About the Program
The fully online Infant-Family Mental Health (IFMH) graduate certificate program provides broad coverage of theoretical/conceptual and applied issues necessary for understanding infant-parent relationships and infant and toddler social and emotional development. The certificate is in “Infant-Family Mental Health” rather than in “Infant Mental Health” or “Infant-Parent Mental Health” because of its unique and guiding theoretical framework.
Infused throughout the program is McHale’s model of Coparenting in Diverse Family Systems. This model is used to frame, augment, and in some cases challenge, standard practice of engaging principally or solely with children’s mothers when addressing challenges affecting infant adjustment. A recurring focus throughout the IFMH certificate program is on coparenting and triangular family dynamics and on factors that threaten or support these relationships.
Course material addresses development of both infant-parent and family-level system dynamics, and fostering and strengthening collaboration and connections among systems that serve infants and toddlers. Prospective students will learn both from Drs. McHale and Allen, and from a distinguished array of local, national, and international experts who contribute their expertise concerning preventive interventions, assessment, monitoring, support, and treatment considerations with diverse family systems (see Guest Contributors sidebar). Students also gain exposure to tools used for coparenting and family assessments and for infant and child social-emotional and developmental screenings, and in screening for parent and child conditions necessitating referral for specialized assessment or treatment.
The program was inspired by a glaring community need — affirmed by leaders of community agencies and area programs serving infants, toddlers and families, reflecting the full spectrum of child and family strength and need — for a knowledgeable front-line professional workforce. The IFMH graduate certificate will render bachelor’s-holding professionals well-prepared to undertake entry-level positions in early childhood mental health, prenatal and health-related positions, and child protection and child welfare positions.
Program content is also expected to be of great interest and benefit to teachers of infant-toddler classrooms, to first responders, law enforcement investigators, prosecutors, and specialized child interviewers, to foster parents and guardians ad litem, and to those in a wide range of other fields that serve and/or advocate for families of infants and toddlers. In particular, the program is expected to be of special interest to three primary audiences:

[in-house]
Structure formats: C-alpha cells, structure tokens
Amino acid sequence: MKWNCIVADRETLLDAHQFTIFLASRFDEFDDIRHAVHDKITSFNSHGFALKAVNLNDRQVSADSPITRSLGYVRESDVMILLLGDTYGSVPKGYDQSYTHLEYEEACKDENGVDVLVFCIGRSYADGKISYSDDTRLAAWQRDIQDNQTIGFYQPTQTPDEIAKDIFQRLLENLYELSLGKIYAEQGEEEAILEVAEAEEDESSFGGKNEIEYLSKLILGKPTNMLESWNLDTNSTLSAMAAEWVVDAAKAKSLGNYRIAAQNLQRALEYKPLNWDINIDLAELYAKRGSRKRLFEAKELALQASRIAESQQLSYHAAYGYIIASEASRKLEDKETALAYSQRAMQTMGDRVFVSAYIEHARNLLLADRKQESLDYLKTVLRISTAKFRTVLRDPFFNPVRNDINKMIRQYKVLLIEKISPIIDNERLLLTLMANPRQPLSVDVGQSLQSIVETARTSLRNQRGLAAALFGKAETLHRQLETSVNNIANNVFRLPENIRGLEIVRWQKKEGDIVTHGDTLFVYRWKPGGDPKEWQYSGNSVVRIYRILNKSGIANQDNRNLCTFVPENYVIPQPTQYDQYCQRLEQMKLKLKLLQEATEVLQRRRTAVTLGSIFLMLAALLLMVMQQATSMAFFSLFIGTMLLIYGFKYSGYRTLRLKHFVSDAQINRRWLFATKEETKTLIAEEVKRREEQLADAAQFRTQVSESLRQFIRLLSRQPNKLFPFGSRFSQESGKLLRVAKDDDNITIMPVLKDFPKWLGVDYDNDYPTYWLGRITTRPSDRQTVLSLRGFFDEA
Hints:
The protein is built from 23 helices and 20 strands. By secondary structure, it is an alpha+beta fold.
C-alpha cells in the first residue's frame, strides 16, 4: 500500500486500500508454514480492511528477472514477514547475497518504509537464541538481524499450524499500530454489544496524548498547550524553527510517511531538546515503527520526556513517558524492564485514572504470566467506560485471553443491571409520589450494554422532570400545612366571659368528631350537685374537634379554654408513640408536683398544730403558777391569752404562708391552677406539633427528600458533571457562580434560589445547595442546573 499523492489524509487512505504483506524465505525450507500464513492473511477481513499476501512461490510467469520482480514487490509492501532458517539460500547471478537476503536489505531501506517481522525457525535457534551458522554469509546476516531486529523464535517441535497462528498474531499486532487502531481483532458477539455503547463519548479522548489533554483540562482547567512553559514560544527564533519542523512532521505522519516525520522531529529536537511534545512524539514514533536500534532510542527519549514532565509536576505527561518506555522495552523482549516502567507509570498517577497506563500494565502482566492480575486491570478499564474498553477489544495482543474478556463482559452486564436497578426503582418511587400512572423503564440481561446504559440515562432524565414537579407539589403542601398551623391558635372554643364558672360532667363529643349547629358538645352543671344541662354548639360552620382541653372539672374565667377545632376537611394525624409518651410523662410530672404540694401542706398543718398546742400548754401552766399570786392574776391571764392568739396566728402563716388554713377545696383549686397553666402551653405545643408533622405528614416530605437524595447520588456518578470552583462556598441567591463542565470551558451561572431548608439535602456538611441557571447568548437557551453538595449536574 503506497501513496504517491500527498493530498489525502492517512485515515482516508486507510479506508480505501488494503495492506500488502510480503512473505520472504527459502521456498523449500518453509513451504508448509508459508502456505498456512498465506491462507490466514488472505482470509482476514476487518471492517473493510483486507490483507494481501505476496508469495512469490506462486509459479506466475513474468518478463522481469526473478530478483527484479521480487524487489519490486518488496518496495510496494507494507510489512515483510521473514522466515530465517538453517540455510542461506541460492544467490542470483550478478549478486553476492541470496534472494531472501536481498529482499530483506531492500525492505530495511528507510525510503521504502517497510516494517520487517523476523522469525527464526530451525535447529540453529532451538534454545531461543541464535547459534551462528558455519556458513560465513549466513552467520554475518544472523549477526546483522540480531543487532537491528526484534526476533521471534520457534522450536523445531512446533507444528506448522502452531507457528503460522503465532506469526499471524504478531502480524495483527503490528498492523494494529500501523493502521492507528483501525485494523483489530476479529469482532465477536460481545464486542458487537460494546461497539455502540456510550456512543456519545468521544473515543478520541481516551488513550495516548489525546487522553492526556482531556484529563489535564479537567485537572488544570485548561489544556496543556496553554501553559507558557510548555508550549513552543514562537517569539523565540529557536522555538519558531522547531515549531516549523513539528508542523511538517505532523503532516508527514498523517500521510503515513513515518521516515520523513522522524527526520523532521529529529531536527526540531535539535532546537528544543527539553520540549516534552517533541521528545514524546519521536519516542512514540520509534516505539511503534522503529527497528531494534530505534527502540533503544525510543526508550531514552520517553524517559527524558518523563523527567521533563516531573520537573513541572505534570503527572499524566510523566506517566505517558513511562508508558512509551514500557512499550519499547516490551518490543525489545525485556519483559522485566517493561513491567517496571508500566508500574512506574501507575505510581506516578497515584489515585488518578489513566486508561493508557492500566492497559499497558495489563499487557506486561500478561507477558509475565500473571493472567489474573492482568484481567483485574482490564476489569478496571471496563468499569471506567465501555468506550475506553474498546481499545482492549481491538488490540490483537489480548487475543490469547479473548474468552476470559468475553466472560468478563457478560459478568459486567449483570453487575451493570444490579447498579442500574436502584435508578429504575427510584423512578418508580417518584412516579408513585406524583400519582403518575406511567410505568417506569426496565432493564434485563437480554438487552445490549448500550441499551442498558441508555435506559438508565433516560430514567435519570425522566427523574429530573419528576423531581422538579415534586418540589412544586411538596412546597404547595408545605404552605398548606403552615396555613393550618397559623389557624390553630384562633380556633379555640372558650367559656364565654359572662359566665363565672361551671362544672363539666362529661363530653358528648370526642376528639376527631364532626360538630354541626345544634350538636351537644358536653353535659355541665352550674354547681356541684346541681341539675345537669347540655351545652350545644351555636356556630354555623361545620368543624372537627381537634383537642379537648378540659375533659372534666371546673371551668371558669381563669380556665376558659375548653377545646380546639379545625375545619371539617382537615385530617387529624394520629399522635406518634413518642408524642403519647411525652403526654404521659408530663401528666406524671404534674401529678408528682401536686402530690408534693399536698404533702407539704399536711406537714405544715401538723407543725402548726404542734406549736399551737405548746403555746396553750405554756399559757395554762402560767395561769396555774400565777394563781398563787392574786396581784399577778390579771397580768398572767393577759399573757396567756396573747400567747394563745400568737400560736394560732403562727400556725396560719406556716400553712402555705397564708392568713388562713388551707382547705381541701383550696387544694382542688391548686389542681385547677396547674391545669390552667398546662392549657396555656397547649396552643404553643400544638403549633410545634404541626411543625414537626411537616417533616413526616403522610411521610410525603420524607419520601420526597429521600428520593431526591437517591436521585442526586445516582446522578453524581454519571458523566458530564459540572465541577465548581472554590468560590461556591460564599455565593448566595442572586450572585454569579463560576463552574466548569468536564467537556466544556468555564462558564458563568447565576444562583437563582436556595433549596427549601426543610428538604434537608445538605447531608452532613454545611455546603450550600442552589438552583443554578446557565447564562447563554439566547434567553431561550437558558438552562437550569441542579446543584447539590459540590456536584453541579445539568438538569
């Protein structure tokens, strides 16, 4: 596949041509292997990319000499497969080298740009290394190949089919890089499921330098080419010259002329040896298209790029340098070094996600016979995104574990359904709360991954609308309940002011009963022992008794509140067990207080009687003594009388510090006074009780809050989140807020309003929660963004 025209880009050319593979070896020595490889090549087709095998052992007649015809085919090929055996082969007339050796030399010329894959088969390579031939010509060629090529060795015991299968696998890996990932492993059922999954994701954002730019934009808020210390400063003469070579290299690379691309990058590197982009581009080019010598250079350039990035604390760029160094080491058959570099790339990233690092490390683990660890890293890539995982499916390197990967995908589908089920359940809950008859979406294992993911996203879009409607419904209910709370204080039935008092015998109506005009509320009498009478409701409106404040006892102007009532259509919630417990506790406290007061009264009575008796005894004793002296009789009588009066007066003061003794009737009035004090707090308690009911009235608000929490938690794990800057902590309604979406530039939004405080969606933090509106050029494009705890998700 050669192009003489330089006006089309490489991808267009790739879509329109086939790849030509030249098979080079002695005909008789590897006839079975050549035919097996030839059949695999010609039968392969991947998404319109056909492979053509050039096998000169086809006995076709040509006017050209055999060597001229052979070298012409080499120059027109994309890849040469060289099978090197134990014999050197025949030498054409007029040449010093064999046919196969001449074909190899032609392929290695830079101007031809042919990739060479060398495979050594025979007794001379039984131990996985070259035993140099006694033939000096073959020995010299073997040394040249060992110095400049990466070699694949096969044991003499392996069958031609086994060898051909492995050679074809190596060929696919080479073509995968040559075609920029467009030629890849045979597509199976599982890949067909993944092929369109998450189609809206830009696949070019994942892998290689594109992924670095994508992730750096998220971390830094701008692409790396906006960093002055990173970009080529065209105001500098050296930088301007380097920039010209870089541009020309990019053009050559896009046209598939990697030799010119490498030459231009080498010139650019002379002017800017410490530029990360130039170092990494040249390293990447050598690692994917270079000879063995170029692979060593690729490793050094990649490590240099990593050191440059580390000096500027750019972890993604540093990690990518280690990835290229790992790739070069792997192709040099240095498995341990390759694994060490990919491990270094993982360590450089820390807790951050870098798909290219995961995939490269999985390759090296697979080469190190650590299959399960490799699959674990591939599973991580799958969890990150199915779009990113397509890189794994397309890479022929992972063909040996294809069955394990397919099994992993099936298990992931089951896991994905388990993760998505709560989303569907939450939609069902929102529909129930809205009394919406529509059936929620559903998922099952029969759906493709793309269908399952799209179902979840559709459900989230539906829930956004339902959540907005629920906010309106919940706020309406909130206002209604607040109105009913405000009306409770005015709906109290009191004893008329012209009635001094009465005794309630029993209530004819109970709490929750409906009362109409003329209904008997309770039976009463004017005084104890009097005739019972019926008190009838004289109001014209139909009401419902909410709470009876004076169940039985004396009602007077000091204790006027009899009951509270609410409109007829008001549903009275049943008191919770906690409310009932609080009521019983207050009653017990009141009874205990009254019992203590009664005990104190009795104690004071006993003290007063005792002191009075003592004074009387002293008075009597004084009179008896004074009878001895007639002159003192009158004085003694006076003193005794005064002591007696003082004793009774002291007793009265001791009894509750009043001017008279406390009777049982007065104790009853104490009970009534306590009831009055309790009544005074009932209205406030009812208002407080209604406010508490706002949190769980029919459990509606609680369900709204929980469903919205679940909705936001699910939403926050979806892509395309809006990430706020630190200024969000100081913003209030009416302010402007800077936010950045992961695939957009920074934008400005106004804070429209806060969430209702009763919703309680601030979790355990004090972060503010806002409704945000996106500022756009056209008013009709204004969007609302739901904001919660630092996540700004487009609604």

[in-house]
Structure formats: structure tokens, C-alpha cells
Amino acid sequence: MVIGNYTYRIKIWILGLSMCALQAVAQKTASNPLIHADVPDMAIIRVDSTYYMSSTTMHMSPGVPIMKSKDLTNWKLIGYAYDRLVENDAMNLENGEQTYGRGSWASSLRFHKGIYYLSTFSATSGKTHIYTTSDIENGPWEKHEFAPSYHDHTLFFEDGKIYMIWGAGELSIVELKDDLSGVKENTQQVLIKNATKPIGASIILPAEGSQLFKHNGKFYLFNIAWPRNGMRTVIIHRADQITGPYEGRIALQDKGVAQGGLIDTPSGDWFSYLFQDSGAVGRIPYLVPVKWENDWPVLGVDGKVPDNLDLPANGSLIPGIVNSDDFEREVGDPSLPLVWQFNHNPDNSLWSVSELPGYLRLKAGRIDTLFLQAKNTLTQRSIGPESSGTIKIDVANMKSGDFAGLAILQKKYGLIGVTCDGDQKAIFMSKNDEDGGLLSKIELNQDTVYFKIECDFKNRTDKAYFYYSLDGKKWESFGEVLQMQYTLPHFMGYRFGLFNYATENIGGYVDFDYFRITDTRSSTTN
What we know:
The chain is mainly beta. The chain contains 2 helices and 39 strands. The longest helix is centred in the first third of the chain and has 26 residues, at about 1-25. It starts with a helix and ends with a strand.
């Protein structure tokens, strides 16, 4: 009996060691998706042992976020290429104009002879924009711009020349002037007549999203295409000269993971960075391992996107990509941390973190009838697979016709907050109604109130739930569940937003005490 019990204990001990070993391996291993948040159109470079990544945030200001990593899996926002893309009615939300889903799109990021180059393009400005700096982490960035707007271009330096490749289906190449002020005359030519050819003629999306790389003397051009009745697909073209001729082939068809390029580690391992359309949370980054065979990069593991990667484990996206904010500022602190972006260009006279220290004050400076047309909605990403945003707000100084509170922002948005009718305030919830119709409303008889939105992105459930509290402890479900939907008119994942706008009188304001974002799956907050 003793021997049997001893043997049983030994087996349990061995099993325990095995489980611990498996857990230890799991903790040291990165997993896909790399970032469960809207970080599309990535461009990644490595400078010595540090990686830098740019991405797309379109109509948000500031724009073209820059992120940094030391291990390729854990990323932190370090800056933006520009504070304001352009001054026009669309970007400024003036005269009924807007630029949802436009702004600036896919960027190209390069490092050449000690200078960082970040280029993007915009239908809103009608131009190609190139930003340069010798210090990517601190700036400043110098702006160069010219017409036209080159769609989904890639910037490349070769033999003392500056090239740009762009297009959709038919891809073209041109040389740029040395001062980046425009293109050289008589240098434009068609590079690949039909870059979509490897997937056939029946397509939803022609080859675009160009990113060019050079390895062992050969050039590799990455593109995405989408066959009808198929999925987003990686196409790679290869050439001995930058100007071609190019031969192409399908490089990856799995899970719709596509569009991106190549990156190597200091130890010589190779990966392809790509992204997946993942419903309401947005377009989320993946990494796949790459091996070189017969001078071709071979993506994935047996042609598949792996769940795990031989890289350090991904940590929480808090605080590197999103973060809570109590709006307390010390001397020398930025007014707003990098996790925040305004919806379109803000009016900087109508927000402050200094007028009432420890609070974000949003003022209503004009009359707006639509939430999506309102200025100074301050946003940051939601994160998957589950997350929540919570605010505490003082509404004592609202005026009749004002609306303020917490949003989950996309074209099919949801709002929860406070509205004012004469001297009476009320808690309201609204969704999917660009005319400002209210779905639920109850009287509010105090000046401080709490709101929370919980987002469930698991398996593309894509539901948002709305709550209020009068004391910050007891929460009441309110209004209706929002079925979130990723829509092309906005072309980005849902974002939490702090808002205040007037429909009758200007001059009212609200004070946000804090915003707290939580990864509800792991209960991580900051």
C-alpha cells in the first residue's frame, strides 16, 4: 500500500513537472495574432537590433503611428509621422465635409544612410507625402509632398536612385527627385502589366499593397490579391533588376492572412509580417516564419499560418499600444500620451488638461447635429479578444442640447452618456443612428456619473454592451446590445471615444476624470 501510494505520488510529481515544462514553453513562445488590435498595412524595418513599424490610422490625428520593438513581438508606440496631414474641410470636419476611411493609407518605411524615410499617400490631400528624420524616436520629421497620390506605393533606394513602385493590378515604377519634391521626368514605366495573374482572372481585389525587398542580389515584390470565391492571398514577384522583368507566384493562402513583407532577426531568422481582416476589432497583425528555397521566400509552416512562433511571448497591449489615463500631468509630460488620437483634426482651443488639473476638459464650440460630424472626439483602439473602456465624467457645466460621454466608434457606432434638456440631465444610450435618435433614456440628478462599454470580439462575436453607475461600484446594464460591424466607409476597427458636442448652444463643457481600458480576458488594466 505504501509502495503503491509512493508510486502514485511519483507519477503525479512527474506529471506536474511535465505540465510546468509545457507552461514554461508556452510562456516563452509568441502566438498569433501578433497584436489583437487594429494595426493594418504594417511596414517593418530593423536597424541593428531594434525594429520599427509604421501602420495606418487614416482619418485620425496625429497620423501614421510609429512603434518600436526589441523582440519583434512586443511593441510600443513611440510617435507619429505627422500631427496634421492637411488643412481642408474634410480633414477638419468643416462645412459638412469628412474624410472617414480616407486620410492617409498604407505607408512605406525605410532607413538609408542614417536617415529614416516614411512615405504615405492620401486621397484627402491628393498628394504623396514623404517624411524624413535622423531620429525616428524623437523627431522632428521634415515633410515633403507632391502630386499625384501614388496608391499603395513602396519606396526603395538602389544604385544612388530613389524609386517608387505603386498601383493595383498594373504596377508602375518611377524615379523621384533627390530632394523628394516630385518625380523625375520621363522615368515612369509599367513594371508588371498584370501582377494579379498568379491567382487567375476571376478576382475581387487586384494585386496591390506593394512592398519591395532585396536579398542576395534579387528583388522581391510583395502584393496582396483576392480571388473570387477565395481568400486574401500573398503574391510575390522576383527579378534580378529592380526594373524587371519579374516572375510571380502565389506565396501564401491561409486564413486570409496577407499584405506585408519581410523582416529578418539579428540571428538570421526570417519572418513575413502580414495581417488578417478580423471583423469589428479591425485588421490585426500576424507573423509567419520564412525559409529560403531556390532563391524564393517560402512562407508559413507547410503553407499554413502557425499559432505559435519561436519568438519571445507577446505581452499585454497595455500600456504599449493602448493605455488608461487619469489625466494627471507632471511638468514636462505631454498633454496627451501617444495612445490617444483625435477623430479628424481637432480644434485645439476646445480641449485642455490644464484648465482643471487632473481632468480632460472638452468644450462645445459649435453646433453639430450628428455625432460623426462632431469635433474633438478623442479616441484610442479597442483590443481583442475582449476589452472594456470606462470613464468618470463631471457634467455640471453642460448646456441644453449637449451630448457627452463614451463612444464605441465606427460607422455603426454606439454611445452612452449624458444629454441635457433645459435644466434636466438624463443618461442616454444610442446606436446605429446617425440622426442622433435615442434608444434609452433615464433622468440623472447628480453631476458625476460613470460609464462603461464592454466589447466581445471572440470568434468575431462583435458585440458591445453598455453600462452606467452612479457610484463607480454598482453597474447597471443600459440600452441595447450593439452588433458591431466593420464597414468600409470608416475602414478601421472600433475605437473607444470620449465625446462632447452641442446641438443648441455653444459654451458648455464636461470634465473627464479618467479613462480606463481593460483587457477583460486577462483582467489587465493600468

- Students who have earned a bachelor’s degree in psychology, social work, criminology, human development, early childhood education, nursing and other social science-related fields.
- Practitioners in allied health professions, education, social and behavioral sciences seeking to obtain specialized background knowledge for work with infants, toddlers and their families.
- More advanced research and field professionals interested in re-adjusting their lens in order to adopt a coparenting framework for their work on behalf of families of infants and toddlers
This is a 12-credit hour certificate including a 3-credit hour practicum or internship. Students already bringing experience in the field can substitute a program evaluation for the internship. The IFMH Certificate program’s four courses cover best practices, latest research, and strategies that can help children birth to three and their families – even those facing substantial challenges – make more successful adjustments during the child’s earliest years so that more young children might be ready to learn by preschool age. The following topics are a sampling of what will be covered in this program, representing a balance of theory, assessment and intervention:
- Developmental Risk and Resilience
- Prenatal and Early Brain Development
- Typical Infant Development Birth to Age 3
- Attachment Theory and Research
- Diagnostic Classification System for Birth to Three
- Effects of Trauma on Infants and Young Children
- Dyadic Infant-Parent Psychotherapy
- Examining Personal Beliefs and Managing Personal Biases about Difference and Culture
- Understanding Infant-Toddler Programs and Early Childhood Consultation
- Family Systems Thinking and Interventions with Diverse Families
- Effective Teaming and Work within Systems of Care
The ultimate aim of the IFMH certificate program is to assure that all of its graduates leave with an advanced understanding of infant-parent mental health concepts and of skills relevant to their scope of practice for engaging and supporting infants and toddlers from diverse family systems. In turn, a more knowledgeable workforce will help to assure an increasing number of children’s life chances, as children whose families are supported by well-schooled professionals will stand more ready for school thanks to children’s enhanced social and emotional development.
We believe it is the most important undertaking for our community, state, and society – bar none – and expect the fruits of learning promised by this program to have a long-term and profound impact on infants, families and professionals throughout the county, state, country and in nations abroad.